The 613 commandments refers to a series of commandments, or mitzvot, that are specified in the Torah, which is the major holy text of Judaism. These include 365 negative commandments, or things that shouldn't be done, and 248 positive commandments, or things that should be done. The 613 mitzvot also include the Ten Commandments that are found in the Book of Exodus in the Bible.
The 613 mitzvot are divided into three main categories: laws (mishpatim), testimonies (edot) and decrees (chukim). There are many varying interpretations of what the exact 613 commandments are, but the most widely accepted classification comes from 12th-century Rabbi Moshe ben Maimon, known as Maimonides, who codified the mitzvot in his 14-volume Mishneh Torah.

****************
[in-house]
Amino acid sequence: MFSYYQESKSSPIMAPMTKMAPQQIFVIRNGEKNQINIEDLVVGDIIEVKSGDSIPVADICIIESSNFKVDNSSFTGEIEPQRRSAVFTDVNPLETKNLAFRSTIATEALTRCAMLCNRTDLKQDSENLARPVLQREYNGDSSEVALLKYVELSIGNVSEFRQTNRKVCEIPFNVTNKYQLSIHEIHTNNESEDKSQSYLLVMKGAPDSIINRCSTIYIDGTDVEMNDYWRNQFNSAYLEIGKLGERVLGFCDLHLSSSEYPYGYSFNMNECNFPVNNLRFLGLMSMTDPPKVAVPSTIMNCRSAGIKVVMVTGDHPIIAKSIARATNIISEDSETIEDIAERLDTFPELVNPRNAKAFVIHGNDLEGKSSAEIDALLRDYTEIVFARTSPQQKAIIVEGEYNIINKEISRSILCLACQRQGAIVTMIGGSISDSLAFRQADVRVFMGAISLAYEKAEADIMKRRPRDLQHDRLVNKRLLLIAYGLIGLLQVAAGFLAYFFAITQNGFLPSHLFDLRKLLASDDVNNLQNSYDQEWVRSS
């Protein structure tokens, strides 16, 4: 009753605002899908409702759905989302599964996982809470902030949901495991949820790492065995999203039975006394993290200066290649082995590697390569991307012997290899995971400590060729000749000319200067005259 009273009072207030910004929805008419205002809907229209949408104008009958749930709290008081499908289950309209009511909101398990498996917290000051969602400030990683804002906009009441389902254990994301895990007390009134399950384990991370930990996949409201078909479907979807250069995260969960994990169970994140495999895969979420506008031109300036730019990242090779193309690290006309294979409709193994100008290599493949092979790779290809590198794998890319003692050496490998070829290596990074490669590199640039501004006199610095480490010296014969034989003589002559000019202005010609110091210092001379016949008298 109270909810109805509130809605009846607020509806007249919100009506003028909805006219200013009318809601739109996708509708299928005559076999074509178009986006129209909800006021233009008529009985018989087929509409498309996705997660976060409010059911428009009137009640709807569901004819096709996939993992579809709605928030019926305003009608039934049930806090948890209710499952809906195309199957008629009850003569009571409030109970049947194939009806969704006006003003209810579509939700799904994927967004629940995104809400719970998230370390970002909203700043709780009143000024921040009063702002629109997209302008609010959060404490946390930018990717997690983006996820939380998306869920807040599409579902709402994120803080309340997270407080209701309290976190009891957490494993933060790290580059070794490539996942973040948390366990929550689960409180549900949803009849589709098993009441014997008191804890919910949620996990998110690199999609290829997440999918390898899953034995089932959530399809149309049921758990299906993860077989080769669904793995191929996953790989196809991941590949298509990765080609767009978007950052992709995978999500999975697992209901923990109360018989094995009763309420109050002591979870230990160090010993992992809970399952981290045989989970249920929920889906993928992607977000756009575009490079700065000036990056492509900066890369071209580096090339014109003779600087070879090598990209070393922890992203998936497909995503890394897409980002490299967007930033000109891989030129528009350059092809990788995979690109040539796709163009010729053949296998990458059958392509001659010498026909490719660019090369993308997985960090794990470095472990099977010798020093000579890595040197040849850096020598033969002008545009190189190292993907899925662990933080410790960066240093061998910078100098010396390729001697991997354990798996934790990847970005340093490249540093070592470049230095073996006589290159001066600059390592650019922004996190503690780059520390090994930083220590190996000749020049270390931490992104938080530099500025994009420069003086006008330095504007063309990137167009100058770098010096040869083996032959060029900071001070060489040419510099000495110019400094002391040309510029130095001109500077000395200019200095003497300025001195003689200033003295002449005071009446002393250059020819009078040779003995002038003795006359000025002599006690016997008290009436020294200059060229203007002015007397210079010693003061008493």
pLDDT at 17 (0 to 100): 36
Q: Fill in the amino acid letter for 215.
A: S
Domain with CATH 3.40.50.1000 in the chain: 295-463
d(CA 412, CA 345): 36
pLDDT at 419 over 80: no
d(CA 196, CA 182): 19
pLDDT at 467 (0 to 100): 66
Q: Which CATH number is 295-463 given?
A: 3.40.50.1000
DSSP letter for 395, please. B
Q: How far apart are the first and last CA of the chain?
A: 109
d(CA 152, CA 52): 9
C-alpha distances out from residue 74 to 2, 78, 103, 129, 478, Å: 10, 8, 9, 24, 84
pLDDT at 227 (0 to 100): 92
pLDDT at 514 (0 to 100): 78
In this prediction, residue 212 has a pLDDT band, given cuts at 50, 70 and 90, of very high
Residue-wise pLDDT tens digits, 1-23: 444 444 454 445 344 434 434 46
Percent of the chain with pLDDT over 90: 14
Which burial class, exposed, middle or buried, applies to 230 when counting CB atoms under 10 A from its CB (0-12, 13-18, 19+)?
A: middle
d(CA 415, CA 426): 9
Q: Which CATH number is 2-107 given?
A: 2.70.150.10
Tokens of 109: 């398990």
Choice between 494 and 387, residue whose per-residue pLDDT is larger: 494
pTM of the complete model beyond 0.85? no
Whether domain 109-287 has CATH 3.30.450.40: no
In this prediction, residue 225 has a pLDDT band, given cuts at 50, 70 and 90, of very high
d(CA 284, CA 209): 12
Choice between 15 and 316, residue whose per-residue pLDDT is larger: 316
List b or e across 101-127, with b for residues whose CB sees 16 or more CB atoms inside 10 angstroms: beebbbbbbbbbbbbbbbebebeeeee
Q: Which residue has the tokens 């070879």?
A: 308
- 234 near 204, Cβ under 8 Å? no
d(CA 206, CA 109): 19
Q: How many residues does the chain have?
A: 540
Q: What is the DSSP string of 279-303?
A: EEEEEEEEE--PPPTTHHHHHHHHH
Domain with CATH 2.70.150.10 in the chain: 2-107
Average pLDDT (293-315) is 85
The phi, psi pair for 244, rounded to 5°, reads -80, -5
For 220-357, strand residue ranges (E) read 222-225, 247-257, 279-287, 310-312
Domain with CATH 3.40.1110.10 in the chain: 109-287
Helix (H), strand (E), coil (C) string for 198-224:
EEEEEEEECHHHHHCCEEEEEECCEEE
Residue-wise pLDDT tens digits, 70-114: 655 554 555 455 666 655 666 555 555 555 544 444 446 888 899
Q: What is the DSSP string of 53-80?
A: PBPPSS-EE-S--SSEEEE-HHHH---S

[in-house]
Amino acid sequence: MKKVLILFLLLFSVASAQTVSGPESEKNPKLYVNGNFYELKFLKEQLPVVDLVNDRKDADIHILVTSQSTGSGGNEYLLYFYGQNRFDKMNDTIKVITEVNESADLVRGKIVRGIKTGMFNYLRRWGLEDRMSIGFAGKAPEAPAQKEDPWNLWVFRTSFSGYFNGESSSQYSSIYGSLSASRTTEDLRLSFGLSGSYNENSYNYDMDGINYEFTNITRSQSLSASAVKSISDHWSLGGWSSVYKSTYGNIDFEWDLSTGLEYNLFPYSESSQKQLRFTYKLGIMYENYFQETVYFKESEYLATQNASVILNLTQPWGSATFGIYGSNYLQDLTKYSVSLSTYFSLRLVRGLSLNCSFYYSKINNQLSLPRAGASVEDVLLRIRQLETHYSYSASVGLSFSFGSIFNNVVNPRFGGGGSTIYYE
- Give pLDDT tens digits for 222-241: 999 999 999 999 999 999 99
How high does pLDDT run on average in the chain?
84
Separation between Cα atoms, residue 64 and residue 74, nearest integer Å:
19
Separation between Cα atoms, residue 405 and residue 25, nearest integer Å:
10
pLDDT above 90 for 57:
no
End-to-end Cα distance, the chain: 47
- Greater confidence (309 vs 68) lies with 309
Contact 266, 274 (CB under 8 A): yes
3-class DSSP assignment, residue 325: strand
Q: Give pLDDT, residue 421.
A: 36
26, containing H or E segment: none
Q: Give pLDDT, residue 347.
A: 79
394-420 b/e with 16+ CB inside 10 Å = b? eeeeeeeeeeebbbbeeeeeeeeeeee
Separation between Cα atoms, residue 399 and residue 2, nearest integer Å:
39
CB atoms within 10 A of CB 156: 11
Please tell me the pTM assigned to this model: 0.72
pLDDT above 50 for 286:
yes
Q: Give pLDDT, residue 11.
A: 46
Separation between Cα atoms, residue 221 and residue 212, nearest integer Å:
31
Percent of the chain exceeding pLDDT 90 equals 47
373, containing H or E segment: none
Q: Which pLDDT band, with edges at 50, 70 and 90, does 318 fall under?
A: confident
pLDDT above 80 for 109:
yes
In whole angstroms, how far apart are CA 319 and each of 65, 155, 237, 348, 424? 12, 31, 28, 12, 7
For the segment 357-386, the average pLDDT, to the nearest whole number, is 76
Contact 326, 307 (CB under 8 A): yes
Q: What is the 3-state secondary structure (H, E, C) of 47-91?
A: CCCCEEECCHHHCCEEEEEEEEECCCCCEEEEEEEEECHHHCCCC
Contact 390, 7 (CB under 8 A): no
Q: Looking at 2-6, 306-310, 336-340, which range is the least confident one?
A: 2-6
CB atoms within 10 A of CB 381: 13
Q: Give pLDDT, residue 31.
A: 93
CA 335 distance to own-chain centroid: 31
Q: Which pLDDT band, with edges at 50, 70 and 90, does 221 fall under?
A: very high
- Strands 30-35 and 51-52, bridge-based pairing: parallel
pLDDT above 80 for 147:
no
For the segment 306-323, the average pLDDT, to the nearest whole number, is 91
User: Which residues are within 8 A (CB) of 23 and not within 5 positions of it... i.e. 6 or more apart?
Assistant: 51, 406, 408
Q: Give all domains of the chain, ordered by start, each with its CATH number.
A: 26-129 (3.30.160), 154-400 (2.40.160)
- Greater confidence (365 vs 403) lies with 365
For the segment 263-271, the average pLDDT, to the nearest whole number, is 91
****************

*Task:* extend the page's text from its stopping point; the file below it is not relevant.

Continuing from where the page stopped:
A large portion of the mitzvot are related to the Second Temple, which stood in Jerusalem until it was destroyed by the Romans in 70 A.D. As a result, these mitzvot can no longer be practically observed. For example, one of the mitzvot from the Book of Deuteronomy says that no one should plant a tree in the temple courtyard. Some estimates hold that there are 77 positive and 194 negative commandments that can still be observed today, and 26 of them only apply within Israel.